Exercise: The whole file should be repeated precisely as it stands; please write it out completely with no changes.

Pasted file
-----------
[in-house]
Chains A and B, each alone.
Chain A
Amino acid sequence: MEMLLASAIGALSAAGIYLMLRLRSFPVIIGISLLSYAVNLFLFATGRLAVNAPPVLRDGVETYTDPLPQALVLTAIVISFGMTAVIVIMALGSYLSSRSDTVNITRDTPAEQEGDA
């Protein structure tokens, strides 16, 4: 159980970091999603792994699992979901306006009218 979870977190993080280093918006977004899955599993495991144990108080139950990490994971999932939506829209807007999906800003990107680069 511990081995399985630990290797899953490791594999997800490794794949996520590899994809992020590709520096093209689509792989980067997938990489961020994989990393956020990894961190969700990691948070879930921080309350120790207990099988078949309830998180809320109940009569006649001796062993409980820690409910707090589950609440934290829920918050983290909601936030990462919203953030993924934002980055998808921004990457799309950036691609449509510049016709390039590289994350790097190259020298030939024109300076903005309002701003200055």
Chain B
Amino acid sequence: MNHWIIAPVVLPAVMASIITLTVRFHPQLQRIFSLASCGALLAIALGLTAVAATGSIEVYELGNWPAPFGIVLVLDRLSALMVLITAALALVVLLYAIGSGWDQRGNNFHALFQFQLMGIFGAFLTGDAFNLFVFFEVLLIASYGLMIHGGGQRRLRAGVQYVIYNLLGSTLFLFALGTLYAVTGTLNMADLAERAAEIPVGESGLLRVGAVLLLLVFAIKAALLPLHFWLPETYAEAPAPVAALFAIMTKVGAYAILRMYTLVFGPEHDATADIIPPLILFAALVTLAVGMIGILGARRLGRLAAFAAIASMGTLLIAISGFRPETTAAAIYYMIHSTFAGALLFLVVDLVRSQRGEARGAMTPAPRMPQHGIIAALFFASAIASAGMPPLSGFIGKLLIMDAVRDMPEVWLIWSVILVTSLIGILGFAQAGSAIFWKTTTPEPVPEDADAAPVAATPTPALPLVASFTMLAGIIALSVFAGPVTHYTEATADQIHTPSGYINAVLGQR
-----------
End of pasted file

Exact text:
[in-house]
Chains A and B, each alone.
Chain A
Amino acid sequence: MEMLLASAIGALSAAGIYLMLRLRSFPVIIGISLLSYAVNLFLFATGRLAVNAPPVLRDGVETYTDPLPQALVLTAIVISFGMTAVIVIMALGSYLSSRSDTVNITRDTPAEQEGDA
């Protein structure tokens, strides 16, 4: 159980970091999603792994699992979901306006009218 979870977190993080280093918006977004899955599993495991144990108080139950990490994971999932939506829209807007999906800003990107680069 511990081995399985630990290797899953490791594999997800490794794949996520590899994809992020590709520096093209689509792989980067997938990489961020994989990393956020990894961190969700990691948070879930921080309350120790207990099988078949309830998180809320109940009569006649001796062993409980820690409910707090589950609440934290829920918050983290909601936030990462919203953030993924934002980055998808921004990457799309950036691609449509510049016709390039590289994350790097190259020298030939024109300076903005309002701003200055």
Chain B
Amino acid sequence: MNHWIIAPVVLPAVMASIITLTVRFHPQLQRIFSLASCGALLAIALGLTAVAATGSIEVYELGNWPAPFGIVLVLDRLSALMVLITAALALVVLLYAIGSGWDQRGNNFHALFQFQLMGIFGAFLTGDAFNLFVFFEVLLIASYGLMIHGGGQRRLRAGVQYVIYNLLGSTLFLFALGTLYAVTGTLNMADLAERAAEIPVGESGLLRVGAVLLLLVFAIKAALLPLHFWLPETYAEAPAPVAALFAIMTKVGAYAILRMYTLVFGPEHDATADIIPPLILFAALVTLAVGMIGILGARRLGRLAAFAAIASMGTLLIAISGFRPETTAAAIYYMIHSTFAGALLFLVVDLVRSQRGEARGAMTPAPRMPQHGIIAALFFASAIASAGMPPLSGFIGKLLIMDAVRDMPEVWLIWSVILVTSLIGILGFAQAGSAIFWKTTTPEPVPEDADAAPVAATPTPALPLVASFTMLAGIIALSVFAGPVTHYTEATADQIHTPSGYINAVLGQR